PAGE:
4. but this four-step pattern is the most important part of writing persuasively. The strongest differentiators and those that are most likely to have impact over the long term are those that are related to the way you work—your methodology. keeping projects on track and avoiding unpleasant surprises. your systems and processes. The Fifth Deadly Sin: Not Offering a Compelling Value Proposition A value proposition is a promise that we make to the client: You will get more of the results you desire the most if you choose us. The Fourth Deadly Sin: Not Differentiating Your Offer and Your Company The customer needs to see that there is a reason to choose you. based on something you do that is different and that adds value to the engagement. If there are no differentiators.The Seven Deadly Sins of Proposal Writing 1. Also important is the way you manage projects—dealing with the unexpected. 2. Summarize your understanding of the customer's needs Indicate the probable outcomes from taking action that make this worth doing Recommend a solution that addresses the needs and delivers the results Provide evidence that you can do the job on time and on budget and that there are reasons why you are the right choice 7 There are other patterns that help deliver the message persuasively in building case studies or in responding to RFP questions. 3. the client will assume they are buying a commodity product or service and will look for the lowest price. your best practices. © Copyright Qvidian 2011 .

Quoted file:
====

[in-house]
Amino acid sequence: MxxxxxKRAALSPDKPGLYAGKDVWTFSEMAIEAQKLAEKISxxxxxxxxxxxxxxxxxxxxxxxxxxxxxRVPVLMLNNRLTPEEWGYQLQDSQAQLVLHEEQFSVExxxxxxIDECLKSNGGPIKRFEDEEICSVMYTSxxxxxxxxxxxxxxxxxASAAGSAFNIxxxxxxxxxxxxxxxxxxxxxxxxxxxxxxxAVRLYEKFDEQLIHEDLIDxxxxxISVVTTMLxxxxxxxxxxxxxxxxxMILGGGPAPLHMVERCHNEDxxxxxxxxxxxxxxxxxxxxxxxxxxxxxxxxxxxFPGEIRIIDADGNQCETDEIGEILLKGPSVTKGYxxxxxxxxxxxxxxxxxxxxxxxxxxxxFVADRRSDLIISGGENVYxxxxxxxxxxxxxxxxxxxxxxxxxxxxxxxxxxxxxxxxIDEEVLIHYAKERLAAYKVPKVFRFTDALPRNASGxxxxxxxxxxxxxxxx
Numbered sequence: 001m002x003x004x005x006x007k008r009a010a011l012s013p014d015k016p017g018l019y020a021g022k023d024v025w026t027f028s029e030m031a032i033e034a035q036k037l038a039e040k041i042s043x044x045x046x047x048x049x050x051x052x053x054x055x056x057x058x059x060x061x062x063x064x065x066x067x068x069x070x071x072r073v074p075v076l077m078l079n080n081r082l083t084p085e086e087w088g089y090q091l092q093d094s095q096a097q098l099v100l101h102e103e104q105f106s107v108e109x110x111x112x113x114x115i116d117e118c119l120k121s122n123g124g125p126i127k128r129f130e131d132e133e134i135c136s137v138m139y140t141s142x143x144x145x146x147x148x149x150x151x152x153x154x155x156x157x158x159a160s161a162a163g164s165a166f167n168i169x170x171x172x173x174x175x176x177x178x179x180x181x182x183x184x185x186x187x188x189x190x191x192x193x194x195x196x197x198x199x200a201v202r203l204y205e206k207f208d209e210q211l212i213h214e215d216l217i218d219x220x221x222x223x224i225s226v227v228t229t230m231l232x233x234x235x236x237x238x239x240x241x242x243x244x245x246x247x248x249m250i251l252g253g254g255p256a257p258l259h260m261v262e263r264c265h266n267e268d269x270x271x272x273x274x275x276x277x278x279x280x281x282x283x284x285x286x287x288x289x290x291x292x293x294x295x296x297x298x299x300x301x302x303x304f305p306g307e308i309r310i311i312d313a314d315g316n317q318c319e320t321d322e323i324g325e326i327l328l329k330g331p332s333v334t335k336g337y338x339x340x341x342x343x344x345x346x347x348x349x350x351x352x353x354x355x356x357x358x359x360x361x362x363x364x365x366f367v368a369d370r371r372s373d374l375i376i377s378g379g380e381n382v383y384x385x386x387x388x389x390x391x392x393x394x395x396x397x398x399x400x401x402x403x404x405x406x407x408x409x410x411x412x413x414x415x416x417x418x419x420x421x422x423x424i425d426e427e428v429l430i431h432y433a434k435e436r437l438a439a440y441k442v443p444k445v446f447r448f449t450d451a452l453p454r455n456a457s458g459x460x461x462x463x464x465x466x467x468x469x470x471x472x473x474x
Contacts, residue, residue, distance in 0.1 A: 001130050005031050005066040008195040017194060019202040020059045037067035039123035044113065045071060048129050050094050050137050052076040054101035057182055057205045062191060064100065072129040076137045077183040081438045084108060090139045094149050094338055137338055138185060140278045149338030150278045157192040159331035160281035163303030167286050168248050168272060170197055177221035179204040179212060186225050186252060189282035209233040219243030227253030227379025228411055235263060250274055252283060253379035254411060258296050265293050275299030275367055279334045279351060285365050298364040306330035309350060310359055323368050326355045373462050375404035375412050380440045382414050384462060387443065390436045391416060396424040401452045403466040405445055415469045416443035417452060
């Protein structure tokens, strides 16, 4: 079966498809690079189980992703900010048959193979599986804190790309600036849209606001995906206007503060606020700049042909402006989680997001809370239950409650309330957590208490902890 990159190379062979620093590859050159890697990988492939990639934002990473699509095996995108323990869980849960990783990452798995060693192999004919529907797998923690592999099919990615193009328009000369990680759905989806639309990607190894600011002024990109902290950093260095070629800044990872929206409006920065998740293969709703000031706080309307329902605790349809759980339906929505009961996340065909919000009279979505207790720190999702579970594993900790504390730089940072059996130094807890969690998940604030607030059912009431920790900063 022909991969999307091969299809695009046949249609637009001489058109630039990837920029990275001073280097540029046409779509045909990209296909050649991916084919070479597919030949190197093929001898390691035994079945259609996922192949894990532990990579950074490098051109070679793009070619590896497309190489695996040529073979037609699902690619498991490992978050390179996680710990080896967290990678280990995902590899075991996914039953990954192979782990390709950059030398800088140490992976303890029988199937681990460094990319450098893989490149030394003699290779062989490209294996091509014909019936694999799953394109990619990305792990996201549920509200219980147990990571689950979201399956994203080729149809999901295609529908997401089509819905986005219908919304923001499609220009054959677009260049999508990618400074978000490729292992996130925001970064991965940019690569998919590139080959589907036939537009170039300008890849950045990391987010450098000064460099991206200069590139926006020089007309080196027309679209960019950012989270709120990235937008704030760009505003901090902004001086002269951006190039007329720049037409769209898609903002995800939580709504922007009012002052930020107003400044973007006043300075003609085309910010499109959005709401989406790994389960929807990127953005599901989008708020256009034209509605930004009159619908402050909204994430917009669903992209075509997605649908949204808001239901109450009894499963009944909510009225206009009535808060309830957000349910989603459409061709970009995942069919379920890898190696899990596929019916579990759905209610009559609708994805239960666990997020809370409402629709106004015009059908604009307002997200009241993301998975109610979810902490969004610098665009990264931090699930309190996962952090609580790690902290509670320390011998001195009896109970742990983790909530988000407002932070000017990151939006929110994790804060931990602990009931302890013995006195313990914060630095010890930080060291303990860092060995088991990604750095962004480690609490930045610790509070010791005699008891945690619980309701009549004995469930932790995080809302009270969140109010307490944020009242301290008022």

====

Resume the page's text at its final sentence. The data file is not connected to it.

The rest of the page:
Another problem is the use of long. Although people sometimes think that kind of writing makes them sound intelligent. achieve compliance with regulatory standards. What confuses them is the use of language that is inappropriate for their level of technical understanding. They may want to see increased market share. They may want to automate something that is laborintensive. they delay the decision. Value matters because research into economic decision making shows that people use what is called the "estimation heuristic" to select among multiple options. When they are confused or unsure of what they are getting. jargon and product names are the chief offenders. it actually just makes them incomprehensible. we need to show that they will get more of it by choosing us. complex sentences and big words. When people don't understand what we are talking about. they seek to define which course of action—which vendor—will yield the highest rate of return. they usually don't shove piles of money at us. Smart buyers want to see positive impact in some area of business performance that they believe matters. Tying our differentiators to our ability to deliver superior value is a great way to bulletproof our proposal against competitors. raising the level of what psychologists call cognitive dissonance. Long sentences and unfamiliar words overload the area © Copyright Qvidian 2011 . or reduce their carbon footprint. In using this heuristic. lower operating costs. They ask for additional presentations. primarily because of the differentiators that distinguish us.The Seven Deadly Sins of Proposal Writing Unfortunately. Using them tends to create barriers between us and our potential customer. Acronyms. They seek more input. that promise is missing from the vast majority of proposals. Our goal is to give the customer the evidence they need to utilize the estimation heuristic so that they see we are the best choice. 8 The Sixth Deadly Sin: Not Making It Easy to Understand and Use Clarity is one of the essentials of persuasive communication. or higher profitability. Whatever the client seeks.